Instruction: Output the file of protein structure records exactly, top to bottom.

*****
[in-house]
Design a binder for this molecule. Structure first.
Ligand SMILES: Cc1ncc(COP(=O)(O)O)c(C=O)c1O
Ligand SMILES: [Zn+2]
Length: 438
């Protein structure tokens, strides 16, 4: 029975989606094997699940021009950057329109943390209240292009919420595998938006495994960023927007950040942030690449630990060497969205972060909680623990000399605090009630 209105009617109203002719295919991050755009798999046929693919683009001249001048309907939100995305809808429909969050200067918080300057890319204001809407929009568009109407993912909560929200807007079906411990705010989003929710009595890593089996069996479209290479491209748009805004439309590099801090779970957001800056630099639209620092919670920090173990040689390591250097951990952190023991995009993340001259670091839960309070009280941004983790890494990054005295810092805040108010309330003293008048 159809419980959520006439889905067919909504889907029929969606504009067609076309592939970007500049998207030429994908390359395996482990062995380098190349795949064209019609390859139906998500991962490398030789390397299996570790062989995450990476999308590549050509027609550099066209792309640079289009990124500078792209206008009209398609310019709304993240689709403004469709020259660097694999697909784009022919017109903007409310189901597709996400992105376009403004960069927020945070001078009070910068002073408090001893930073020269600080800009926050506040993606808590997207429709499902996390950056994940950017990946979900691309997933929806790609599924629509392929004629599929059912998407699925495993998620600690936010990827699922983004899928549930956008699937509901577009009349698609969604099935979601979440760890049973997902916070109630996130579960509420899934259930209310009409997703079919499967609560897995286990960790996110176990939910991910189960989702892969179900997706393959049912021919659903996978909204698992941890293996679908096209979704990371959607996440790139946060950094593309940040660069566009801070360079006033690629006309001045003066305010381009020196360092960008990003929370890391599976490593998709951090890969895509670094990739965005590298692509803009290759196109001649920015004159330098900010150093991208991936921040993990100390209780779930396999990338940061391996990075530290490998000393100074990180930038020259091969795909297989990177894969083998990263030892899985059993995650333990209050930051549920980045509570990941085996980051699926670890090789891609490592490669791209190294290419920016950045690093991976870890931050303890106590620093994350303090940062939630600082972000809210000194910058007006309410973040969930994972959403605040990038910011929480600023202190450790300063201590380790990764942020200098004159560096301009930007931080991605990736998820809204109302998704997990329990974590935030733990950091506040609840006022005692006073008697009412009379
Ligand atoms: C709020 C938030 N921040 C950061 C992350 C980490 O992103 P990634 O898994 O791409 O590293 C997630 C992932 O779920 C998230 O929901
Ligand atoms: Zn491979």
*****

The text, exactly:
[in-house]
Design a binder for this molecule. Structure first.
Ligand SMILES: Cc1ncc(COP(=O)(O)O)c(C=O)c1O
Ligand SMILES: [Zn+2]
Length: 438
């Protein structure tokens, strides 16, 4: 029975989606094997699940021009950057329109943390209240292009919420595998938006495994960023927007950040942030690449630990060497969205972060909680623990000399605090009630 209105009617109203002719295919991050755009798999046929693919683009001249001048309907939100995305809808429909969050200067918080300057890319204001809407929009568009109407993912909560929200807007079906411990705010989003929710009595890593089996069996479209290479491209748009805004439309590099801090779970957001800056630099639209620092919670920090173990040689390591250097951990952190023991995009993340001259670091839960309070009280941004983790890494990054005295810092805040108010309330003293008048 159809419980959520006439889905067919909504889907029929969606504009067609076309592939970007500049998207030429994908390359395996482990062995380098190349795949064209019609390859139906998500991962490398030789390397299996570790062989995450990476999308590549050509027609550099066209792309640079289009990124500078792209206008009209398609310019709304993240689709403004469709020259660097694999697909784009022919017109903007409310189901597709996400992105376009403004960069927020945070001078009070910068002073408090001893930073020269600080800009926050506040993606808590997207429709499902996390950056994940950017990946979900691309997933929806790609599924629509392929004629599929059912998407699925495993998620600690936010990827699922983004899928549930956008699937509901577009009349698609969604099935979601979440760890049973997902916070109630996130579960509420899934259930209310009409997703079919499967609560897995286990960790996110176990939910991910189960989702892969179900997706393959049912021919659903996978909204698992941890293996679908096209979704990371959607996440790139946060950094593309940040660069566009801070360079006033690629006309001045003066305010381009020196360092960008990003929370890391599976490593998709951090890969895509670094990739965005590298692509803009290759196109001649920015004159330098900010150093991208991936921040993990100390209780779930396999990338940061391996990075530290490998000393100074990180930038020259091969795909297989990177894969083998990263030892899985059993995650333990209050930051549920980045509570990941085996980051699926670890090789891609490592490669791209190294290419920016950045690093991976870890931050303890106590620093994350303090940062939630600082972000809210000194910058007006309410973040969930994972959403605040990038910011929480600023202190450790300063201590380790990764942020200098004159560096301009930007931080991605990736998820809204109302998704997990329990974590935030733990950091506040609840006022005692006073008697009412009379
Ligand atoms: C709020 C938030 N921040 C950061 C992350 C980490 O992103 P990634 O898994 O791409 O590293 C997630 C992932 O779920 C998230 O929901
Ligand atoms: Zn491979």